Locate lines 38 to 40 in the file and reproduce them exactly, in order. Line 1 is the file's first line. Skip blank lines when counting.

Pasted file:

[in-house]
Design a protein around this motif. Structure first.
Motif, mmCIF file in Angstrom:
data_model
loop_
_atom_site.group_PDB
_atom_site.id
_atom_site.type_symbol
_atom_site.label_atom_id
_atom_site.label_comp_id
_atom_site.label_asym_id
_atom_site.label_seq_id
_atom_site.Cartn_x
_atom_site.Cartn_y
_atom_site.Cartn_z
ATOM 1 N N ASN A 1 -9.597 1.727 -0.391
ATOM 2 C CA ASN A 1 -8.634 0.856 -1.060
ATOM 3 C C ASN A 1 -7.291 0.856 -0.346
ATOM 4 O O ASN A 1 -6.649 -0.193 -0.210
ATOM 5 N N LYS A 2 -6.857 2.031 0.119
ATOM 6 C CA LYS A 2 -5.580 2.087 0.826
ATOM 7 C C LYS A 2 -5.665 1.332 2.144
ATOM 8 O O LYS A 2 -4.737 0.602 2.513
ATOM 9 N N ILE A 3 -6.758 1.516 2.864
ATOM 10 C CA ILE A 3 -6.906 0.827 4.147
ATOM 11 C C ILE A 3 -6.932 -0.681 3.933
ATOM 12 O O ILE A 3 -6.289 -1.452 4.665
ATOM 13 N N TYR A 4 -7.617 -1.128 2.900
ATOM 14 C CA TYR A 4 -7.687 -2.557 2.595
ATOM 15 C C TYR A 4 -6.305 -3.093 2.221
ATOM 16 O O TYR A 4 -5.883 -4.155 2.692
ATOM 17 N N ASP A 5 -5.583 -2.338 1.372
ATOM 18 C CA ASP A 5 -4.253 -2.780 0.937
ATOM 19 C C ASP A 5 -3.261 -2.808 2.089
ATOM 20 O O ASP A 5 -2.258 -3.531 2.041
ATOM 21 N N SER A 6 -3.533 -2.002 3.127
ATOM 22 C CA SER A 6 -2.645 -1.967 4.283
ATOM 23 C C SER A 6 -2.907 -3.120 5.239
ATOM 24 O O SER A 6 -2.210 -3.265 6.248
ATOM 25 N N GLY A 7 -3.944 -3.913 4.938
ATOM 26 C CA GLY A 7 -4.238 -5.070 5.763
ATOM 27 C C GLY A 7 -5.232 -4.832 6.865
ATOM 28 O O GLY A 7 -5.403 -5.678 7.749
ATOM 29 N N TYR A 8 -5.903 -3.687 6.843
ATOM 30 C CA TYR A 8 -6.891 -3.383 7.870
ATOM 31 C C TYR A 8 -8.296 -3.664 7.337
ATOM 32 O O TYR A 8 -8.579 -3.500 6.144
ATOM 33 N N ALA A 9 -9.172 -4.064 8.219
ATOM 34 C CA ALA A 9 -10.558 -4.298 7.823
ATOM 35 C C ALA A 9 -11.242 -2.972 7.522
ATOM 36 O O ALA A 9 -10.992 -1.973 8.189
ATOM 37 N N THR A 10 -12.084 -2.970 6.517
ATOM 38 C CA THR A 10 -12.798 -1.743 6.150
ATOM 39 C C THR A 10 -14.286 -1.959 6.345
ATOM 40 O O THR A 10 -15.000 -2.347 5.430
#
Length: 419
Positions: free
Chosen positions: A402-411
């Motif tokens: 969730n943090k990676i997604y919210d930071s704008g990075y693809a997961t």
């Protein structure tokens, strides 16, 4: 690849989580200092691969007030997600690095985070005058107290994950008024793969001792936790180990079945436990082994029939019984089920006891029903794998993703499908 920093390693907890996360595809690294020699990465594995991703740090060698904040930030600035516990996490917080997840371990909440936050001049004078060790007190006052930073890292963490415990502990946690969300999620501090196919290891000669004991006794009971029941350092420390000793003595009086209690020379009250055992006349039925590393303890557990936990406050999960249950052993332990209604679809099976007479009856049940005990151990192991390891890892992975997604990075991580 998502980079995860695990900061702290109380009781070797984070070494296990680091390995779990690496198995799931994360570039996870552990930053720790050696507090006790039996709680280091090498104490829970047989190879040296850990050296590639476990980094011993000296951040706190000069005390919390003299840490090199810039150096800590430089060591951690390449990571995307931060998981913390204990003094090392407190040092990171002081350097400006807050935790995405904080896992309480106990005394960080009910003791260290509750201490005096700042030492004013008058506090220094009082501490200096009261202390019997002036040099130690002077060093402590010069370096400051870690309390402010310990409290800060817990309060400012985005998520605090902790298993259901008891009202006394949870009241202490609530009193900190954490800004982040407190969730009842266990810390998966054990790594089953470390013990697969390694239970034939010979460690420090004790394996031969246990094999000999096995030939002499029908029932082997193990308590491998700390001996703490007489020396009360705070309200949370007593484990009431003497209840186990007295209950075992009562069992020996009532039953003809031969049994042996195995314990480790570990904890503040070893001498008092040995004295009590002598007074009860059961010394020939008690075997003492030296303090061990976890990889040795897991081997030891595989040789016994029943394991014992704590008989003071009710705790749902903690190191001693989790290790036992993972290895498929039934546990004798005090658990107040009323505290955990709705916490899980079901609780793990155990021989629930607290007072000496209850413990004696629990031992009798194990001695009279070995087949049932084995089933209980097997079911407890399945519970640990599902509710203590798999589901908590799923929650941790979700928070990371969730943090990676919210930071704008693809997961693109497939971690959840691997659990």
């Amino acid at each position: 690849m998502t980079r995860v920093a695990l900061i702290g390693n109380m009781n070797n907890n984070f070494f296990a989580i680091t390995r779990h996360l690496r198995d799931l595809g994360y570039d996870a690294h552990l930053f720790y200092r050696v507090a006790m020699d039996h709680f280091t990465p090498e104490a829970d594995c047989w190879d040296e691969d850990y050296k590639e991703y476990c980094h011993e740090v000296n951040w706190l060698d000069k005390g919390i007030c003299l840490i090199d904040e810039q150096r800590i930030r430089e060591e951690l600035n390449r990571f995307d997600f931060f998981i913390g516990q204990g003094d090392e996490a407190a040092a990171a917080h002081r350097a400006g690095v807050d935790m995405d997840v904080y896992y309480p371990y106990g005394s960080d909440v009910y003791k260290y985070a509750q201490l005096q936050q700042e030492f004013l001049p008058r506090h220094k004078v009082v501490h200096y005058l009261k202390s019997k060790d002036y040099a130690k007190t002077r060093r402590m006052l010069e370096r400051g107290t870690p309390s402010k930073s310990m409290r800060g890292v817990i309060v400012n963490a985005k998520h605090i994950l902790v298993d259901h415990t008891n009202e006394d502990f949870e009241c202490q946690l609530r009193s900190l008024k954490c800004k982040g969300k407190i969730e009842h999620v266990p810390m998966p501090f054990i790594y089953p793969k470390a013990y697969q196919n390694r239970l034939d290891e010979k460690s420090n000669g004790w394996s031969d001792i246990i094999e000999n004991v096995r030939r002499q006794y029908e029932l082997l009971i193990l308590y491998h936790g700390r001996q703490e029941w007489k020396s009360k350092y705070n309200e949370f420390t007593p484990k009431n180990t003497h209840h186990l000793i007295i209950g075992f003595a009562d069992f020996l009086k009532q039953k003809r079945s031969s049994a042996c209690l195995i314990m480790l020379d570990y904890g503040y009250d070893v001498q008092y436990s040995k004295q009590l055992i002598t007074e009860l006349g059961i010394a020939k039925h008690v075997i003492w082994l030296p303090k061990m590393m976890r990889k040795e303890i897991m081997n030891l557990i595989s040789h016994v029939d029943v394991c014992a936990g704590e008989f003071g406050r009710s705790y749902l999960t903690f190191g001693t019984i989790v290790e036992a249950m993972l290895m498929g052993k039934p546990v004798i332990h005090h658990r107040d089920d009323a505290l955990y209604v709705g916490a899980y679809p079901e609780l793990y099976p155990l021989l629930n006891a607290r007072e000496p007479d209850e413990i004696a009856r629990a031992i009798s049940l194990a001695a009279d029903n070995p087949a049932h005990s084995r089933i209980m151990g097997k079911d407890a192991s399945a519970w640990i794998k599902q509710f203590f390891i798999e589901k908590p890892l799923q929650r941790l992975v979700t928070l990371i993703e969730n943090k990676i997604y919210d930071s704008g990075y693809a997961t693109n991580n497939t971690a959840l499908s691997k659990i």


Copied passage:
ATOM 23 C C SER A 6 -2.907 -3.120 5.239
ATOM 24 O O SER A 6 -2.210 -3.265 6.248
ATOM 25 N N GLY A 7 -3.944 -3.913 4.938